ALBUQUERQUE, N.M. (AP) — The U.S. Fish and Wildlife Service said Tuesday it will set aside critical habitat for the endangered jaguar and develop a recovery plan for the elusive animal once thought to have disappeared from the United States.
The agency said it will review which lands the big cats need to survive and will put together a plan by early next year to help the species recover.
Conservationists had been anxiously awaiting the decisions on the recovery plan and critical habitat since last Friday, when a federal court had imposed a deadline for the agency. The court granted a last-minute extension, giving the Fish and Wildlife Service until the end of Tuesday.
“This is a huge boost for recovery because it means the best scientists and best minds on how to conserve jaguars will come together and figure out how to restore them onto our landscapes,” said Michael Robinson of the Center for Biological Diversity, one of the groups that has been seeking critical habitat for the jaguar for more than a decade.
Robinson and other conservationists saw the case as a test of whether the Obama administration would take extra steps to protect animals whose ranges stretch beyond the nation’s borders.
The largest cats native to the Western hemisphere, jaguars live primarily in Mexico, Central and South America. They once inhabited an extensive area that spanned California, Arizona, New Mexico, Texas and Louisiana.
The cats were considered eliminated from the country until two were spotted in 1996 near the Arizona-New Mexico border.
Most recently, a snare captured a jaguar last year in southern Arizona. Nicknamed Macho B, the cat was eventually euthanized after falling ill, sparking criticism over jaguar recovery efforts.
The Fish and Wildlife Service said Tuesday that it decided to set aside critical habitat for the jaguar based on new information it received over the last three years. It acknowledged that there are “physical and biological features” in the Southwest that can be used by jaguars.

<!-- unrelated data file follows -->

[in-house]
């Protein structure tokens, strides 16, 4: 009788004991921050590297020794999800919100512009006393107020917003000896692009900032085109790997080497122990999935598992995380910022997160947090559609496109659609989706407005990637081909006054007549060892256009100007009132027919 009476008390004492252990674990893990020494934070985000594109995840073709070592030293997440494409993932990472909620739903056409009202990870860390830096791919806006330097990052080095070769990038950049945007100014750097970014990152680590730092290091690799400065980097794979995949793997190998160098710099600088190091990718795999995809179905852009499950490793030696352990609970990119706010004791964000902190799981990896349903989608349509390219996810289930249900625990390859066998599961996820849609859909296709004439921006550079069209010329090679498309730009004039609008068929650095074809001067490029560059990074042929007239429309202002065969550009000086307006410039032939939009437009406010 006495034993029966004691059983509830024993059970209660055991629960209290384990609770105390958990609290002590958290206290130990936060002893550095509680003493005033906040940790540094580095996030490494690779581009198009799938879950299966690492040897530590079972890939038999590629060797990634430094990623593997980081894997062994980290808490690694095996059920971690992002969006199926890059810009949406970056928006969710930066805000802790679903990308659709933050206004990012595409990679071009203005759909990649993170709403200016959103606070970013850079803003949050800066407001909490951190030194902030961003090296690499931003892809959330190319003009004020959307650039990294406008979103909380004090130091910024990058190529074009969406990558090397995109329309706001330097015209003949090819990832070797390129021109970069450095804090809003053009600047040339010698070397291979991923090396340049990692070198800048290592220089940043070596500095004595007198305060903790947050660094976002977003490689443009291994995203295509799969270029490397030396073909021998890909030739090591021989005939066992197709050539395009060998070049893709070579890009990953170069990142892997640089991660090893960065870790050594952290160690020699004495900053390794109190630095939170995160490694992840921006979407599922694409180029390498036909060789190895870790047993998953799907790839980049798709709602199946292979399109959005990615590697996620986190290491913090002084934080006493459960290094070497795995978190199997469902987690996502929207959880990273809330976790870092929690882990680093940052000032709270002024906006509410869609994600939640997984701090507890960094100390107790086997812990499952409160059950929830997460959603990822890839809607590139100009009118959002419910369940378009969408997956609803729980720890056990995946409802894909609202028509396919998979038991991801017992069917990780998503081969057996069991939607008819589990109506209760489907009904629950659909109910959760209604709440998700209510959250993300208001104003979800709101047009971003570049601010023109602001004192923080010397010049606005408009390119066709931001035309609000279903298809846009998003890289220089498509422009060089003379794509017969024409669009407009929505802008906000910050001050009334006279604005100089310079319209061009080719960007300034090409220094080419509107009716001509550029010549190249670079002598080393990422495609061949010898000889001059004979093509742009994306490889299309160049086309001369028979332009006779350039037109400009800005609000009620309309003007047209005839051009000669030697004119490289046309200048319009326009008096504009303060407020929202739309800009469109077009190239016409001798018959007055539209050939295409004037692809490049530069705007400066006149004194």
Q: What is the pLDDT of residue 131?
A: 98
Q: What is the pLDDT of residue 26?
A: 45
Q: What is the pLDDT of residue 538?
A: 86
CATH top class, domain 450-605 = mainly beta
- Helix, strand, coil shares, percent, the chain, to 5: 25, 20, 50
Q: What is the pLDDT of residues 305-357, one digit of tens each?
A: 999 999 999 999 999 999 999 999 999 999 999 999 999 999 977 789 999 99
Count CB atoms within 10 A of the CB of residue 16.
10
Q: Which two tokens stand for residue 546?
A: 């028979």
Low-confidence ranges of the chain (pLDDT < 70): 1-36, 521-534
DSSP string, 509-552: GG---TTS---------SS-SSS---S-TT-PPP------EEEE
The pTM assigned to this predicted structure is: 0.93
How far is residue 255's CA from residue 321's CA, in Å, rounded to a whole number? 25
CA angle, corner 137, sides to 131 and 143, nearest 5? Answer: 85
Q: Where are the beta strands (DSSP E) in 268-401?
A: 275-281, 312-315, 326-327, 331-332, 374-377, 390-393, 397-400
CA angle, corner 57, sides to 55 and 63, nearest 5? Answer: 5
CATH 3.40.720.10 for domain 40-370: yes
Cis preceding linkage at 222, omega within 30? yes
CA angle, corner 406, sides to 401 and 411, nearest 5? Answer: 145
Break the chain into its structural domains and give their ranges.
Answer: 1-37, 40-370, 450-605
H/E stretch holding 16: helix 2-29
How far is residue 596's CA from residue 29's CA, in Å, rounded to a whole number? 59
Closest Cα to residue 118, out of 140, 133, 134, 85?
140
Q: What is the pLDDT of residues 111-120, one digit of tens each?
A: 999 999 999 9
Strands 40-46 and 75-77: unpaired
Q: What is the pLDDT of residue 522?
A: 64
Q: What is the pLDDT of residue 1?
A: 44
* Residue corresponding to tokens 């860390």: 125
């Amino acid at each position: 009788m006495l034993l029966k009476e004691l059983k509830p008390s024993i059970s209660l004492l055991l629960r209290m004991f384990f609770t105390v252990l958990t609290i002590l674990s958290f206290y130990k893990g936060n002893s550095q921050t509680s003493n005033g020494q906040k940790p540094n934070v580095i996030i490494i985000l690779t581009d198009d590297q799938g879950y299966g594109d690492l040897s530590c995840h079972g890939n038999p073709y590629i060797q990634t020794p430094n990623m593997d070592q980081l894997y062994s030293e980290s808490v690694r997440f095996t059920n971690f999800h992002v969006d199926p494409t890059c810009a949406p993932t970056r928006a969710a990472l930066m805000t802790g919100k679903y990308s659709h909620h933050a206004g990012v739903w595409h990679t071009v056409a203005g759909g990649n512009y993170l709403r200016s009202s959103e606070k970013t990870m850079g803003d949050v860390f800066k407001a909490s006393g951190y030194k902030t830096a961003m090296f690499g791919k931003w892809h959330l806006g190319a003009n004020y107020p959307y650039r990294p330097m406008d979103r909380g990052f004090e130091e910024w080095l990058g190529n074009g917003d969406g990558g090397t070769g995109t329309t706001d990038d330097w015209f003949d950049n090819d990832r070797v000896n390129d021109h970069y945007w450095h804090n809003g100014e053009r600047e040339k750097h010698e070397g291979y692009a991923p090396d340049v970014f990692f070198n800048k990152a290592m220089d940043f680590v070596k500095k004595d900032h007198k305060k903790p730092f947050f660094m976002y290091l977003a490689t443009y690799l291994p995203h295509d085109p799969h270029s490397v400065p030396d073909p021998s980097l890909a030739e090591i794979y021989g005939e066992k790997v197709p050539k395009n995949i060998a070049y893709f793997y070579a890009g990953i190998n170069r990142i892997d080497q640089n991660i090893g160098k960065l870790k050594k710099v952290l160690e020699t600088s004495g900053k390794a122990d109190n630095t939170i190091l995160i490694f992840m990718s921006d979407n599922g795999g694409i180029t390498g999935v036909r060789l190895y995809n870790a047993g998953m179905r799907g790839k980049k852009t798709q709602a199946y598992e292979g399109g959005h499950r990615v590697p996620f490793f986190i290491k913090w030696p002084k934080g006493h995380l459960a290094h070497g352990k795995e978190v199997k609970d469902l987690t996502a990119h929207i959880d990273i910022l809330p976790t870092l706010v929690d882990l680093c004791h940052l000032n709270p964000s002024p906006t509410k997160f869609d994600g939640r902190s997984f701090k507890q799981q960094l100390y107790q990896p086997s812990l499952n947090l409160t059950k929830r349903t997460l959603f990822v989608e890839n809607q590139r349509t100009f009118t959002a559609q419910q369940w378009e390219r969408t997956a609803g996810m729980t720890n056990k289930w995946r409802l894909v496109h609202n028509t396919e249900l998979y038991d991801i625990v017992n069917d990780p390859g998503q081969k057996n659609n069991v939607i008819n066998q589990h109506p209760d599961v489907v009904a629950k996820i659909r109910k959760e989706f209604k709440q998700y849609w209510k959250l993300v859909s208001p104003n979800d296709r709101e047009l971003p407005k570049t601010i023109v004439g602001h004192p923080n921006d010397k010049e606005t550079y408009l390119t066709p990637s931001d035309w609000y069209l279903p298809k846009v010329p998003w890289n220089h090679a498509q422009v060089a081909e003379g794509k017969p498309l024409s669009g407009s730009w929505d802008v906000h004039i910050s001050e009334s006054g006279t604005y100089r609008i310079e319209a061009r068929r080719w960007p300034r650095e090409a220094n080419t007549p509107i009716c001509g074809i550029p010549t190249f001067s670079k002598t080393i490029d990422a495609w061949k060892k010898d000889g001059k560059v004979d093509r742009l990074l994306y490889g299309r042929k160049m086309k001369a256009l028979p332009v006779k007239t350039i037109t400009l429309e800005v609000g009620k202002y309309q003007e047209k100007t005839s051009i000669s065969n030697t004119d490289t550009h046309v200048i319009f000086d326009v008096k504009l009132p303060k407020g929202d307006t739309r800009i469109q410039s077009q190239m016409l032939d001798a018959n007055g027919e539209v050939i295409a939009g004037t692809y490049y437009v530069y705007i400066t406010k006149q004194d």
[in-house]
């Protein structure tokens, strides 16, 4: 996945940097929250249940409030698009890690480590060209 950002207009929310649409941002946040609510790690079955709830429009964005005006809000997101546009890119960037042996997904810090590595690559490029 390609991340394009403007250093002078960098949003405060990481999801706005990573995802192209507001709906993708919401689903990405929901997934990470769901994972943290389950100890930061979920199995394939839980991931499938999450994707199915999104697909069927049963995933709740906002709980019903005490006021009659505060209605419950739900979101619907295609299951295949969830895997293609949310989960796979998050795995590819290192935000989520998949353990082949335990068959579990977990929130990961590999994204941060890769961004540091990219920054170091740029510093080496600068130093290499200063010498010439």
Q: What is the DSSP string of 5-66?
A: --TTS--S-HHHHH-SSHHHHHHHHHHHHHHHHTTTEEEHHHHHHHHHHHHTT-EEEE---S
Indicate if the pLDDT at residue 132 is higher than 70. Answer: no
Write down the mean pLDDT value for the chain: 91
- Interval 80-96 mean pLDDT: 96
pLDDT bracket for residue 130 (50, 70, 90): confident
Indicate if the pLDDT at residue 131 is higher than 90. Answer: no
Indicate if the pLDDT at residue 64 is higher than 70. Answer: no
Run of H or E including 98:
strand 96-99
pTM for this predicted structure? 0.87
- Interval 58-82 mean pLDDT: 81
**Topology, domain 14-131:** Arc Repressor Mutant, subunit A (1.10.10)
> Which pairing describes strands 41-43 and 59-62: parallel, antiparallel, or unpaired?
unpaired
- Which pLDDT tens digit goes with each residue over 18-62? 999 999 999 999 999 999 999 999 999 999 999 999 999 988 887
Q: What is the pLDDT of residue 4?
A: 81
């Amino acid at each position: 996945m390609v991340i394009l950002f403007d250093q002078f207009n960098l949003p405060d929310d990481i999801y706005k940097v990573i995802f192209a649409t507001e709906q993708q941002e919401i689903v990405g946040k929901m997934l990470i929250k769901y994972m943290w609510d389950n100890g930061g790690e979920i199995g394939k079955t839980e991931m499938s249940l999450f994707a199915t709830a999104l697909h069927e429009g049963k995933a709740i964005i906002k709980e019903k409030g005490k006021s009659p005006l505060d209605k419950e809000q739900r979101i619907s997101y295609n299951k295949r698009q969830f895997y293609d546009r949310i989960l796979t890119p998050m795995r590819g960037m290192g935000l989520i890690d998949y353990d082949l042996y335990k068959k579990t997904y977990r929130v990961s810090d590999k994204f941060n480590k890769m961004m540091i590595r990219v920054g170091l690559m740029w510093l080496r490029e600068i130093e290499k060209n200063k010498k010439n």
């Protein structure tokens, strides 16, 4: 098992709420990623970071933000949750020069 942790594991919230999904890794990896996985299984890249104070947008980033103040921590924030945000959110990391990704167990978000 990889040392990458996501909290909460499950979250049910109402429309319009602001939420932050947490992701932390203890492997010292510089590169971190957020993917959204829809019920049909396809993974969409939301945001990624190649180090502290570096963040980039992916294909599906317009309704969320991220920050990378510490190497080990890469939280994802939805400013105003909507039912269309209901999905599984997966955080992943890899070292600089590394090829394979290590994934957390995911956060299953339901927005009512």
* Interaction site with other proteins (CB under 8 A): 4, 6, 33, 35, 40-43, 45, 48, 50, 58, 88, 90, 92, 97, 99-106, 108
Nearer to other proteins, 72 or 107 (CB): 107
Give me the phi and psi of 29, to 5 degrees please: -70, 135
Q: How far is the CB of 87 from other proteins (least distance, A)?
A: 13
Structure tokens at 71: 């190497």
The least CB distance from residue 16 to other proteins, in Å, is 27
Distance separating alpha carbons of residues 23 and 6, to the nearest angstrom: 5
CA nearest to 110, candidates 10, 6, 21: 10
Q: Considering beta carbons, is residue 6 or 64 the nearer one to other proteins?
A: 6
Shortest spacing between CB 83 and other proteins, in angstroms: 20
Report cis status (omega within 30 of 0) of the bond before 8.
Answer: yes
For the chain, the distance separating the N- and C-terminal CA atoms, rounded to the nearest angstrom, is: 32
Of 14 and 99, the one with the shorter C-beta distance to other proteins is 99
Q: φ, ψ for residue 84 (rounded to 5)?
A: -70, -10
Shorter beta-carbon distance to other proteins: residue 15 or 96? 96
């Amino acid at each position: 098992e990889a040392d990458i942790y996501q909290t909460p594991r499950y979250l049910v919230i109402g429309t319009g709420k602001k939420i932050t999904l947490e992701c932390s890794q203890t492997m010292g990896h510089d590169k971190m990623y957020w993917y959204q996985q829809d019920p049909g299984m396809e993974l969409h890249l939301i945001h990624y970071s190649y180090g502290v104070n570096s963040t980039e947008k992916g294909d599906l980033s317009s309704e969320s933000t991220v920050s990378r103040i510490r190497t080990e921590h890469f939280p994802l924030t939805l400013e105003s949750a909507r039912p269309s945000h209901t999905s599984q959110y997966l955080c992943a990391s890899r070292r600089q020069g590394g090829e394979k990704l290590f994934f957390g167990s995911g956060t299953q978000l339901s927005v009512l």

While the boundaries of the critical habitat have yet to be set, Eva Sargent of Defenders of Wildlife said protecting an animal’s range is key to recovery.
“What the jaguar really needs is protected corridors where it can move between Mexico and the U.S. That’s the ticket,” she said, adding there is some concern over how construction of a wall between Mexico and the U.S. could impact the jaguar population.
Some landowners in southern New Mexico and Arizona also voiced concerns about how critical habitat may impact grazing permits and recreation in the area.
Caren Cowan, executive director of the New Mexico Cattle Growers’ Association, questioned why critical habitat was being established at the fringe of where the animal might survive. She said if the goal is to recover the species, more effort should be focused on populations in Mexico and further south.
Fish and Wildlife Service spokesman Tom Buckley said it will be a long process for establishing the habitat boundaries and developing a recovery plan and the effort will include opportunities for public participation.
The agency said it has no plans to reintroduce jaguars into the United States. Any cats that might be found north of the border will be those that wander up from Mexico.
From 1996 through 2009, four or possibly five jaguars have been documented in the United States. All the sightings have been limited to southwestern New Mexico and southeastern Arizona.